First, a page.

It is now known that amongst the ruins of their old municipalities they conducted many seemingly fruitless tests. What follows is one such test; a shoot-out. Where possible, the original source material is quoted from…

Populist’s dream radio shoot out

The simpletons focused on two cheap ‘bastards’ with a ‘fearsome’ reputation to uphold. When the economy still functioned, these radios were purchased at retailers like Junk World. It was said that the two machines the simpletons had chosen empowered them, coupled with their tenacity to ‘fight it out until the death’!

Junkworld © 2010 Danny Choo

Junkworld © 2010 Danny Choo

A populist’s dream, the contenders consisted of the ADS Tech RDX-155 Instant Radio USB device versus discounter Aldi’s entry level Bauhn ADS-215 dual band portable radio…

Bauhn Digital Receiver Geeks.com ADS Tech RDX-155 Instant Radio marketing photographs

Testers’ performance data

Table 1: Sensitivity equivalence illustrating selected moderate-weak stations

FREQUENCY  DISTANCE  POWER INSTANT RADIO BAUHN
88.5 53mi 26 kW YES YES
89.3 48mi 25 kW YES YES
90.5 43mi 200 watts YES YES
91.1 35mi 10 kW YES, RDS YES,  RDS
91.7 53mi 26 kW YES YES
92.1 43mi 5 kW YES YES
92.5 48mi 25 kW YES YES
94.1 48mi 25 kW YES YES
94.5 88mi 100 kW YES YES
94.9 26mi 50 kW YES YES
95.3 88mi 100 kW YES YES
95.7 53mi 26 kW YES YES
96.9 88mi 100 kW YES YES
97.7 53mi 26 kW YES YES
98.5 88mi 100 kW YES YES
102.9 25mi 48 kW YES YES
104.1 65mi 1 kW YES YES
105.7 48mi 10 kW YES YES
107.3 48mi 10 kW YES YES

 

Table 2: Marginal signals illustrating reception differences between the two budget receivers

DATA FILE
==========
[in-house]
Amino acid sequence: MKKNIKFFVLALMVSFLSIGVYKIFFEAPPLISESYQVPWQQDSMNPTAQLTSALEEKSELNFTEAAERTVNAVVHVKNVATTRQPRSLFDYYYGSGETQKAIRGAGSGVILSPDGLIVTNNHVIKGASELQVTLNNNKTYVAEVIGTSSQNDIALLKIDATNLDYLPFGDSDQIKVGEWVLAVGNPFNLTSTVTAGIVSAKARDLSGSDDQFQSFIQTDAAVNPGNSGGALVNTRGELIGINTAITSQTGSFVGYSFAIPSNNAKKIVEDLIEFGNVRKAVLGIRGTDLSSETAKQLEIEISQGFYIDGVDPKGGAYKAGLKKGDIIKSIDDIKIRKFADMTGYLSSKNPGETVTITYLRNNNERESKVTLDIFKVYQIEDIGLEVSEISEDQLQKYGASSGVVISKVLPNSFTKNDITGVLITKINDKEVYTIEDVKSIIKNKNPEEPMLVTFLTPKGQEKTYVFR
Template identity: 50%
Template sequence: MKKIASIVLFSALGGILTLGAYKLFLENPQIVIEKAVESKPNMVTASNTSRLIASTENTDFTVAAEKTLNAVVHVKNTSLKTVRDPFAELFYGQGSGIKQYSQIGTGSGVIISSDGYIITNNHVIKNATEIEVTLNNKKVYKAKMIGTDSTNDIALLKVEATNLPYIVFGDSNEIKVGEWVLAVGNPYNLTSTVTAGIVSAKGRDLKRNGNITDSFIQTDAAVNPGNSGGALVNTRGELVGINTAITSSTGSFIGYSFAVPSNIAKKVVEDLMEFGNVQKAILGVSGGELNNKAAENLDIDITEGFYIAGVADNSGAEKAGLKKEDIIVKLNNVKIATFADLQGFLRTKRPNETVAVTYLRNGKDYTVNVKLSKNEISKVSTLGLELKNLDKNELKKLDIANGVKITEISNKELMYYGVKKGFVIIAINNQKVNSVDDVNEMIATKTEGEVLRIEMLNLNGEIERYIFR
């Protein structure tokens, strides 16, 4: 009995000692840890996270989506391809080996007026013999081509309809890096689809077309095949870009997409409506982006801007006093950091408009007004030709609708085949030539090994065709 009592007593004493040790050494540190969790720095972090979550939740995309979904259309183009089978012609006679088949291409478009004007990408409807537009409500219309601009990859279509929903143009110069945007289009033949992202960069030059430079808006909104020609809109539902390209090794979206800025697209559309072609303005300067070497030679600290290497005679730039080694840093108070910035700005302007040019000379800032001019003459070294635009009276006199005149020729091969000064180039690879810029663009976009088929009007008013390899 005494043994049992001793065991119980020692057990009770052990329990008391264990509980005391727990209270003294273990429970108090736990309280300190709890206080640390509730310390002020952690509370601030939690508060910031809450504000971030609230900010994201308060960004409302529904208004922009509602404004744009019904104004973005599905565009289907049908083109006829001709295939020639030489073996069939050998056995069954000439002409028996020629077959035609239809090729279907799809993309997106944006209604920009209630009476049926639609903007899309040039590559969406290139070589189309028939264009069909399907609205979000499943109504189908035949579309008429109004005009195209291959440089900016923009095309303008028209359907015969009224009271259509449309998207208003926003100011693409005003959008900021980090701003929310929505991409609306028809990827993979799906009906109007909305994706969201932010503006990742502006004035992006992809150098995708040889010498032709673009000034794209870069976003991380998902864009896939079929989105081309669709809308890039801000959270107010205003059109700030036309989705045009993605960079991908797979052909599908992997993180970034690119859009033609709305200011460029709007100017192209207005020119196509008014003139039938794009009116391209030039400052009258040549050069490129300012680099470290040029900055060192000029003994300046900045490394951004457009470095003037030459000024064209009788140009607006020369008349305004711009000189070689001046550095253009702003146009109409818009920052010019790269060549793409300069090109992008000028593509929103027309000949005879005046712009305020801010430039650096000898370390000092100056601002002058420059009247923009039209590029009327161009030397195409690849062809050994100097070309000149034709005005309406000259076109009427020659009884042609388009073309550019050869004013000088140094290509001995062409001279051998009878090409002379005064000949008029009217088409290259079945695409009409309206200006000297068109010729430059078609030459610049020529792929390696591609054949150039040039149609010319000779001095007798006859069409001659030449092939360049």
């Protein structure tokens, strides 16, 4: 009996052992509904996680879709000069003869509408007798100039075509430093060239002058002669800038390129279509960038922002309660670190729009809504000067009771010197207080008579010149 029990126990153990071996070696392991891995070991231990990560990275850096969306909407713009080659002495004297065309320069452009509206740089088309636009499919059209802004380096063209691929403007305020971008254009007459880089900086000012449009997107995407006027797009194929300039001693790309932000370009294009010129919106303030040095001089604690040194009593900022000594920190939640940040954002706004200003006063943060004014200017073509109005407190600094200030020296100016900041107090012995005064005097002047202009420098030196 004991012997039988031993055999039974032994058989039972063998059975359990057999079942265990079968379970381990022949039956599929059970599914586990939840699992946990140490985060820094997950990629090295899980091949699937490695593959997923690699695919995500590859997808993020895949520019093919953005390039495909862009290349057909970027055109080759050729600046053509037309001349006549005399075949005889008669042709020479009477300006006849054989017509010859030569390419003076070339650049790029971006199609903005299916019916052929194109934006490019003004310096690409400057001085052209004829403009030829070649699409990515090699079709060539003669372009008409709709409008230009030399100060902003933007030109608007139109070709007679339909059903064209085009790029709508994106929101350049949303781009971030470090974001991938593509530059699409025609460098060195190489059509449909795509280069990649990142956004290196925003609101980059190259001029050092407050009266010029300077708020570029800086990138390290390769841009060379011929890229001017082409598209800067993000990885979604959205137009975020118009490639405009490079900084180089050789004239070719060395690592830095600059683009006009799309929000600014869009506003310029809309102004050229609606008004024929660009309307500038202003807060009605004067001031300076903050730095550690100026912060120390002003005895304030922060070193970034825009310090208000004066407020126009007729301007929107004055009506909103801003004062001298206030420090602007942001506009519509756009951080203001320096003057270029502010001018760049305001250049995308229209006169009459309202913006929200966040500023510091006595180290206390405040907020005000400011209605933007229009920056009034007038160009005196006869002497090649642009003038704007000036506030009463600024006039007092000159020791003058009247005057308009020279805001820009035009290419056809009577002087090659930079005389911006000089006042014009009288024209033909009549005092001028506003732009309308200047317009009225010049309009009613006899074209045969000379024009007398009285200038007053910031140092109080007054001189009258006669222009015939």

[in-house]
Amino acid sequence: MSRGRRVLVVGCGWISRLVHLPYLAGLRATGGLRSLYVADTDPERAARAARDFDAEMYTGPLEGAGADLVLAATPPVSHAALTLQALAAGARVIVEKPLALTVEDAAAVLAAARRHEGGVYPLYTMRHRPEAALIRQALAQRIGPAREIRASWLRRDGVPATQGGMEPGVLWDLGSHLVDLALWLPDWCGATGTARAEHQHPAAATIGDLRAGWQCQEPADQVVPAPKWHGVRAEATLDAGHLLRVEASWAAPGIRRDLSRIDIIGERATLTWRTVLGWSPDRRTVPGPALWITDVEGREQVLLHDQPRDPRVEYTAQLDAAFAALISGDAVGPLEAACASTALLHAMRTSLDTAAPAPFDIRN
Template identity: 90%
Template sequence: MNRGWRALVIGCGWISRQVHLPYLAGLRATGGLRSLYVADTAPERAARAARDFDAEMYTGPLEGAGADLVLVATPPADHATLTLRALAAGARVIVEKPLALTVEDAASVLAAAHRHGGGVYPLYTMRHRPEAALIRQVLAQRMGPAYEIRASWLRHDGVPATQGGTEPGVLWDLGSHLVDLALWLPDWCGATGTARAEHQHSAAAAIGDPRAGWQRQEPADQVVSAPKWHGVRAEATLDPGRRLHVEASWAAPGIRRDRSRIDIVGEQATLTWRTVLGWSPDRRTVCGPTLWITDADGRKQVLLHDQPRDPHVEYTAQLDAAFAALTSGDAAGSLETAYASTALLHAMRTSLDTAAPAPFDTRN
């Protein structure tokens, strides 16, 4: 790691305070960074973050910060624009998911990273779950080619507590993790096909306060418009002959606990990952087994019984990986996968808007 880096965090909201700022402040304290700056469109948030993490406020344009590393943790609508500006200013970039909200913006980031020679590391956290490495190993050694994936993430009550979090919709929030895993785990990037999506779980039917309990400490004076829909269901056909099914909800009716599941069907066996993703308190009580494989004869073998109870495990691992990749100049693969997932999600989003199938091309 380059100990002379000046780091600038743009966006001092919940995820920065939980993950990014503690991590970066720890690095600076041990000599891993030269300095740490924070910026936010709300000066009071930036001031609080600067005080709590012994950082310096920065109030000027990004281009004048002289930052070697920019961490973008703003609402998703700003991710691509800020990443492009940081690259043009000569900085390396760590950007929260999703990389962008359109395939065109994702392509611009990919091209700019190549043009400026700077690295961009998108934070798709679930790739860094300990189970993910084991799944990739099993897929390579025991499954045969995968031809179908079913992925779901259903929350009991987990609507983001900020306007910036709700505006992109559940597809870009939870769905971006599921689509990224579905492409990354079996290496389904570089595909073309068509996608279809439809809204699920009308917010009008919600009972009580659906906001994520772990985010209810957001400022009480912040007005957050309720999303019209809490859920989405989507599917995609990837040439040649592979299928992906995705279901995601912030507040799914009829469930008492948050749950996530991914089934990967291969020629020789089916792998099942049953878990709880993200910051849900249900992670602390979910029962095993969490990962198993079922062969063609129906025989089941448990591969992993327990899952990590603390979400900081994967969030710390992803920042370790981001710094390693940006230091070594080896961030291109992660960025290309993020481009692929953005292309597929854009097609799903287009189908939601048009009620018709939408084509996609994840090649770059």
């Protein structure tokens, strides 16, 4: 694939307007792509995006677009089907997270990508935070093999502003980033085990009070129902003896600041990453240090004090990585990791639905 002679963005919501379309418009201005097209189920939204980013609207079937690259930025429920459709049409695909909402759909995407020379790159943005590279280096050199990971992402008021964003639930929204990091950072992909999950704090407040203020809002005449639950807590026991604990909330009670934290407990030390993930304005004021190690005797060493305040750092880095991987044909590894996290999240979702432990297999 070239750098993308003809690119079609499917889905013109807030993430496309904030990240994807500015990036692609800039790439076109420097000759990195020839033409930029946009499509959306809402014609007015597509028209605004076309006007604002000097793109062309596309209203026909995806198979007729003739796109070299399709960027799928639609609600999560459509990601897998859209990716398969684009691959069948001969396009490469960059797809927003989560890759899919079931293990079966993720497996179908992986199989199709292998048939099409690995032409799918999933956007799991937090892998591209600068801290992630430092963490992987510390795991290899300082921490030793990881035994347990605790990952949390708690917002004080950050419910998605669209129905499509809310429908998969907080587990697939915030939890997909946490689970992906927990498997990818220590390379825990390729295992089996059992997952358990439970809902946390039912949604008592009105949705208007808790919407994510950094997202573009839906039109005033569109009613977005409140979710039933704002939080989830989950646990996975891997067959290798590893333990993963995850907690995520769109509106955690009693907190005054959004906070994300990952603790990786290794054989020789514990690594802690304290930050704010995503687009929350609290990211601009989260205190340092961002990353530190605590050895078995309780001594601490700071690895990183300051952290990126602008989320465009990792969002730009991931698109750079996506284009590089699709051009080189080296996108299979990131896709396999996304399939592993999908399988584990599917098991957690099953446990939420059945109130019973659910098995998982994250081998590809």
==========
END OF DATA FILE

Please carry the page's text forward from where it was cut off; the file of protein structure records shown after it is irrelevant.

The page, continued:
FREQUENCY DISTANCE POWER INSTANT RADIO BAUHN
90.9 25 mi 48 kW 2 / 2 0 / 2 – ACI
95.9 40 mi 1.6 kW 0 / 2 – RFI 2 / 2
96.1 88 mi 100 kW 0 / 2 – RFI 1 / 2
99.4 48 mi 2 kW 2 / 2 1 / 2
100.6 48 mi 2 kW 2 / 2 1 / 2

Salvaging suitable antenna connections

The Bauhn ADS-215 radio was also connected to the rooftop antenna via a 1 m / 3.28 ft high grade RG59 cable. To connect the antenna internally would void the warranty. Moreover, it is difficult to achieve this as the plastic case must be plied open, since there are no screws!

External antenna connection on Bauhn ADS-215 © 2014 FM DXing

External antenna connection on Bauhn ADS-215 © 2014 FM DXing

On the unit, cable was connected to the DC adapter ground [not pictured] and the collapsed telescopic antenna. The radio was powered using the supplied 5 volt DC adapter.

Optionally, if cutting coaxial cables is unpleasant, connection can be easily made via a 30 cm / 1 ft twin-lead wire then a 4:1 matching transformer. To be perfectly honest, transformers do pose some insertion loss as part of any antenna system. Surprisingly, no difference in signal strength of weak stations was detected between connection methods.

RDX-155 Instant Radio was connected to the rooftop antenna via a 1 m / 3.28 ft high grade RG59 cable. This cable also may cause some loss of signal and be susceptible to interference from the USB device. Sure, RG6 quad shield cable is better, but in practice the centre conductor is too thick to reliably connect to a pint- sized USB PCB. The laptop was powered using a battery.